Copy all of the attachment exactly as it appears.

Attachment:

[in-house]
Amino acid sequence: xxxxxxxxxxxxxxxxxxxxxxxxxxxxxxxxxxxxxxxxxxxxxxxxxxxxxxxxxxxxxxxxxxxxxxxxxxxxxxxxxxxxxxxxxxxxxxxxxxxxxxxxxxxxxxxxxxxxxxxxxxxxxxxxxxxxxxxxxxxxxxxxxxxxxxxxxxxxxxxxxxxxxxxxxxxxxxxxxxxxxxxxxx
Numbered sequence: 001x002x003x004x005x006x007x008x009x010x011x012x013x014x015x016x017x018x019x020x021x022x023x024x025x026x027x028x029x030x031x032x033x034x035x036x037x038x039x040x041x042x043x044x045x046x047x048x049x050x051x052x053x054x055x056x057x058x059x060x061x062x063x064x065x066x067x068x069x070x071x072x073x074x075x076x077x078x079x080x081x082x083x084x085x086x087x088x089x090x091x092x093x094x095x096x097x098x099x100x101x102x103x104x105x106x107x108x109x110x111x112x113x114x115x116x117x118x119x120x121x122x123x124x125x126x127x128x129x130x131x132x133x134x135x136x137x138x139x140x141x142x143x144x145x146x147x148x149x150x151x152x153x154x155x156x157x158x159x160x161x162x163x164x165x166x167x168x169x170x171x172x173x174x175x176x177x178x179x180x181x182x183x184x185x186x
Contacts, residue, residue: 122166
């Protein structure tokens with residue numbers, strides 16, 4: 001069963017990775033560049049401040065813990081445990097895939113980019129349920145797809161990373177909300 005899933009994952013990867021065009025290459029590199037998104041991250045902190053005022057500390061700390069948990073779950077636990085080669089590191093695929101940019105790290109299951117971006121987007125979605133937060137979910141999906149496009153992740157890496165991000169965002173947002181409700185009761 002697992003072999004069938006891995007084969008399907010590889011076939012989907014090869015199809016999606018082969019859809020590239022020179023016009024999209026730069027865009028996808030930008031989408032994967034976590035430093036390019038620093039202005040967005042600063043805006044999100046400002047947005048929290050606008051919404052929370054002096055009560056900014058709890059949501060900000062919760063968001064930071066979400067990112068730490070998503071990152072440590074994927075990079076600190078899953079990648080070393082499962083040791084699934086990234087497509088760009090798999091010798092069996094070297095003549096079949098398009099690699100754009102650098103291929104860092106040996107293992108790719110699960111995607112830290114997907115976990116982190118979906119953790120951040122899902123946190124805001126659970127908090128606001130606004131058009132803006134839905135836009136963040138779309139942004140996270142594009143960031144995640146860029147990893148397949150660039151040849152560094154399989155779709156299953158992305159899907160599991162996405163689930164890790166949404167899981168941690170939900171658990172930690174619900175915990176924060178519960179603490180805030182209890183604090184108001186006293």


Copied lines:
[in-house]
Amino acid sequence: xxxxxxxxxxxxxxxxxxxxxxxxxxxxxxxxxxxxxxxxxxxxxxxxxxxxxxxxxxxxxxxxxxxxxxxxxxxxxxxxxxxxxxxxxxxxxxxxxxxxxxxxxxxxxxxxxxxxxxxxxxxxxxxxxxxxxxxxxxxxxxxxxxxxxxxxxxxxxxxxxxxxxxxxxxxxxxxxxxxxxxxxxx
Numbered sequence: 001x002x003x004x005x006x007x008x009x010x011x012x013x014x015x016x017x018x019x020x021x022x023x024x025x026x027x028x029x030x031x032x033x034x035x036x037x038x039x040x041x042x043x044x045x046x047x048x049x050x051x052x053x054x055x056x057x058x059x060x061x062x063x064x065x066x067x068x069x070x071x072x073x074x075x076x077x078x079x080x081x082x083x084x085x086x087x088x089x090x091x092x093x094x095x096x097x098x099x100x101x102x103x104x105x106x107x108x109x110x111x112x113x114x115x116x117x118x119x120x121x122x123x124x125x126x127x128x129x130x131x132x133x134x135x136x137x138x139x140x141x142x143x144x145x146x147x148x149x150x151x152x153x154x155x156x157x158x159x160x161x162x163x164x165x166x167x168x169x170x171x172x173x174x175x176x177x178x179x180x181x182x183x184x185x186x
Contacts, residue, residue: 122166
């Protein structure tokens with residue numbers, strides 16, 4: 001069963017990775033560049049401040065813990081445990097895939113980019129349920145797809161990373177909300 005899933009994952013990867021065009025290459029590199037998104041991250045902190053005022057500390061700390069948990073779950077636990085080669089590191093695929101940019105790290109299951117971006121987007125979605133937060137979910141999906149496009153992740157890496165991000169965002173947002181409700185009761 002697992003072999004069938006891995007084969008399907010590889011076939012989907014090869015199809016999606018082969019859809020590239022020179023016009024999209026730069027865009028996808030930008031989408032994967034976590035430093036390019038620093039202005040967005042600063043805006044999100046400002047947005048929290050606008051919404052929370054002096055009560056900014058709890059949501060900000062919760063968001064930071066979400067990112068730490070998503071990152072440590074994927075990079076600190078899953079990648080070393082499962083040791084699934086990234087497509088760009090798999091010798092069996094070297095003549096079949098398009099690699100754009102650098103291929104860092106040996107293992108790719110699960111995607112830290114997907115976990116982190118979906119953790120951040122899902123946190124805001126659970127908090128606001130606004131058009132803006134839905135836009136963040138779309139942004140996270142594009143960031144995640146860029147990893148397949150660039151040849152560094154399989155779709156299953158992305159899907160599991162996405163689930164890790166949404167899981168941690170939900171658990172930690174619900175915990176924060178519960179603490180805030182209890183604090184108001186006293």